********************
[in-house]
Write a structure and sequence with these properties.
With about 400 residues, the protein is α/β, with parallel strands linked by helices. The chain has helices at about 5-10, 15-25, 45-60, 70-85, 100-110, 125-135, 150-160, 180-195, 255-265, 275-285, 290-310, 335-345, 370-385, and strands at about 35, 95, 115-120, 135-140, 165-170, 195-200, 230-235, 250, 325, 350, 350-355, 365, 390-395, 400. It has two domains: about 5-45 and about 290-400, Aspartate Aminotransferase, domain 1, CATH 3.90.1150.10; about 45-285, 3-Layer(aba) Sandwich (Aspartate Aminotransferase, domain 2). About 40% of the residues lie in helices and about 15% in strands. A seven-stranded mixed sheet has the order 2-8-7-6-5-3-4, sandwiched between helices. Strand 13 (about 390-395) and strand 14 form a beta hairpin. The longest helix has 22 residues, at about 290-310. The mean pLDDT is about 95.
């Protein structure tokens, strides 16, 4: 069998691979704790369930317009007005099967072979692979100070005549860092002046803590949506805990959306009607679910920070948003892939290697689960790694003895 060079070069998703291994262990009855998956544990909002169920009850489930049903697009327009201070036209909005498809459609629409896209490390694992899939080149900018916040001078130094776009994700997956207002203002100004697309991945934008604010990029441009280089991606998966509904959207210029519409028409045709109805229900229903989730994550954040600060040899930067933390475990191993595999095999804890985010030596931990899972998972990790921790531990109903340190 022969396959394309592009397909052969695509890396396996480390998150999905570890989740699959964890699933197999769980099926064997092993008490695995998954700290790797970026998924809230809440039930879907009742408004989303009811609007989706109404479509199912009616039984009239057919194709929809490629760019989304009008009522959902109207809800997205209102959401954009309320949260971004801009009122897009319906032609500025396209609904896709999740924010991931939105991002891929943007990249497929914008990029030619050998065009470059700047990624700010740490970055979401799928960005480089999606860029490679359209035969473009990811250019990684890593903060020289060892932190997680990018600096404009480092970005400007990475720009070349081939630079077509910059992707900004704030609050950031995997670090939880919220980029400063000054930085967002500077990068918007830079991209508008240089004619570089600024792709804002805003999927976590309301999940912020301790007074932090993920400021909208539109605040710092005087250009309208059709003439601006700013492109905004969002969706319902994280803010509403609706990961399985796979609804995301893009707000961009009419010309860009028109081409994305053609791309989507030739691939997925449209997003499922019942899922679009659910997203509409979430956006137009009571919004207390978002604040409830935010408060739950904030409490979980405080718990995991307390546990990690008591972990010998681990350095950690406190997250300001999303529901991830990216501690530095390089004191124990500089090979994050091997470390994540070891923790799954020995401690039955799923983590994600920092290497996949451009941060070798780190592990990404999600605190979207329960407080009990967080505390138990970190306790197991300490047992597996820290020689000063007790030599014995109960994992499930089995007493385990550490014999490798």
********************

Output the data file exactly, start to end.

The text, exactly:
[in-house]
Write a structure and sequence with these properties.
With about 400 residues, the protein is α/β, with parallel strands linked by helices. The chain has helices at about 5-10, 15-25, 45-60, 70-85, 100-110, 125-135, 150-160, 180-195, 255-265, 275-285, 290-310, 335-345, 370-385, and strands at about 35, 95, 115-120, 135-140, 165-170, 195-200, 230-235, 250, 325, 350, 350-355, 365, 390-395, 400. It has two domains: about 5-45 and about 290-400, Aspartate Aminotransferase, domain 1, CATH 3.90.1150.10; about 45-285, 3-Layer(aba) Sandwich (Aspartate Aminotransferase, domain 2). About 40% of the residues lie in helices and about 15% in strands. A seven-stranded mixed sheet has the order 2-8-7-6-5-3-4, sandwiched between helices. Strand 13 (about 390-395) and strand 14 form a beta hairpin. The longest helix has 22 residues, at about 290-310. The mean pLDDT is about 95.
């Protein structure tokens, strides 16, 4: 069998691979704790369930317009007005099967072979692979100070005549860092002046803590949506805990959306009607679910920070948003892939290697689960790694003895 060079070069998703291994262990009855998956544990909002169920009850489930049903697009327009201070036209909005498809459609629409896209490390694992899939080149900018916040001078130094776009994700997956207002203002100004697309991945934008604010990029441009280089991606998966509904959207210029519409028409045709109805229900229903989730994550954040600060040899930067933390475990191993595999095999804890985010030596931990899972998972990790921790531990109903340190 022969396959394309592009397909052969695509890396396996480390998150999905570890989740699959964890699933197999769980099926064997092993008490695995998954700290790797970026998924809230809440039930879907009742408004989303009811609007989706109404479509199912009616039984009239057919194709929809490629760019989304009008009522959902109207809800997205209102959401954009309320949260971004801009009122897009319906032609500025396209609904896709999740924010991931939105991002891929943007990249497929914008990029030619050998065009470059700047990624700010740490970055979401799928960005480089999606860029490679359209035969473009990811250019990684890593903060020289060892932190997680990018600096404009480092970005400007990475720009070349081939630079077509910059992707900004704030609050950031995997670090939880919220980029400063000054930085967002500077990068918007830079991209508008240089004619570089600024792709804002805003999927976590309301999940912020301790007074932090993920400021909208539109605040710092005087250009309208059709003439601006700013492109905004969002969706319902994280803010509403609706990961399985796979609804995301893009707000961009009419010309860009028109081409994305053609791309989507030739691939997925449209997003499922019942899922679009659910997203509409979430956006137009009571919004207390978002604040409830935010408060739950904030409490979980405080718990995991307390546990990690008591972990010998681990350095950690406190997250300001999303529901991830990216501690530095390089004191124990500089090979994050091997470390994540070891923790799954020995401690039955799923983590994600920092290497996949451009941060070798780190592990990404999600605190979207329960407080009990967080505390138990970190306790197991300490047992597996820290020689000063007790030599014995109960994992499930089995007493385990550490014999490798």